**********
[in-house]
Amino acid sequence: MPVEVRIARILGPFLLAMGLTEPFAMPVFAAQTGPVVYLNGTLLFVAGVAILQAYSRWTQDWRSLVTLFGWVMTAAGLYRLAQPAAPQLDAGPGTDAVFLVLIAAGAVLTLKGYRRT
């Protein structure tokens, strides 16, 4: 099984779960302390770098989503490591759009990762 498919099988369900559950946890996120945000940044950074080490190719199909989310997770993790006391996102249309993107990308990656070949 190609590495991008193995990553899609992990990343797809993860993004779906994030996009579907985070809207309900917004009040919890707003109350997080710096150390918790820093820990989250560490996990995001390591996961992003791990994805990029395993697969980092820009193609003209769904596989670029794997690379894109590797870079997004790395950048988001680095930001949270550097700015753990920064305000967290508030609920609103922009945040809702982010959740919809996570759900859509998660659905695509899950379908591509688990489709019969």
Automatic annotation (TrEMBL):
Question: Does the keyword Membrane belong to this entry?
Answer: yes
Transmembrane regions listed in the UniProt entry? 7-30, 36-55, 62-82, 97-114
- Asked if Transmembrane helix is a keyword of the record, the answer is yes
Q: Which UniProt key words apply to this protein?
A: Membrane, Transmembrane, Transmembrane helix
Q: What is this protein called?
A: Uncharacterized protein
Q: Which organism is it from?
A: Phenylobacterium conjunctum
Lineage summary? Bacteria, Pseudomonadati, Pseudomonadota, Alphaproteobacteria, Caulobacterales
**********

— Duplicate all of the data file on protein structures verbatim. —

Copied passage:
[in-house]
Amino acid sequence: MPVEVRIARILGPFLLAMGLTEPFAMPVFAAQTGPVVYLNGTLLFVAGVAILQAYSRWTQDWRSLVTLFGWVMTAAGLYRLAQPAAPQLDAGPGTDAVFLVLIAAGAVLTLKGYRRT
């Protein structure tokens, strides 16, 4: 099984779960302390770098989503490591759009990762 498919099988369900559950946890996120945000940044950074080490190719199909989310997770993790006391996102249309993107990308990656070949 190609590495991008193995990553899609992990990343797809993860993004779906994030996009579907985070809207309900917004009040919890707003109350997080710096150390918790820093820990989250560490996990995001390591996961992003791990994805990029395993697969980092820009193609003209769904596989670029794997690379894109590797870079997004790395950048988001680095930001949270550097700015753990920064305000967290508030609920609103922009945040809702982010959740919809996570759900859509998660659905695509899950379908591509688990489709019969």
Automatic annotation (TrEMBL):
Question: Does the keyword Membrane belong to this entry?
Answer: yes
Transmembrane regions listed in the UniProt entry? 7-30, 36-55, 62-82, 97-114
- Asked if Transmembrane helix is a keyword of the record, the answer is yes
Q: Which UniProt key words apply to this protein?
A: Membrane, Transmembrane, Transmembrane helix
Q: What is this protein called?
A: Uncharacterized protein
Q: Which organism is it from?
A: Phenylobacterium conjunctum
Lineage summary? Bacteria, Pseudomonadati, Pseudomonadota, Alphaproteobacteria, Caulobacterales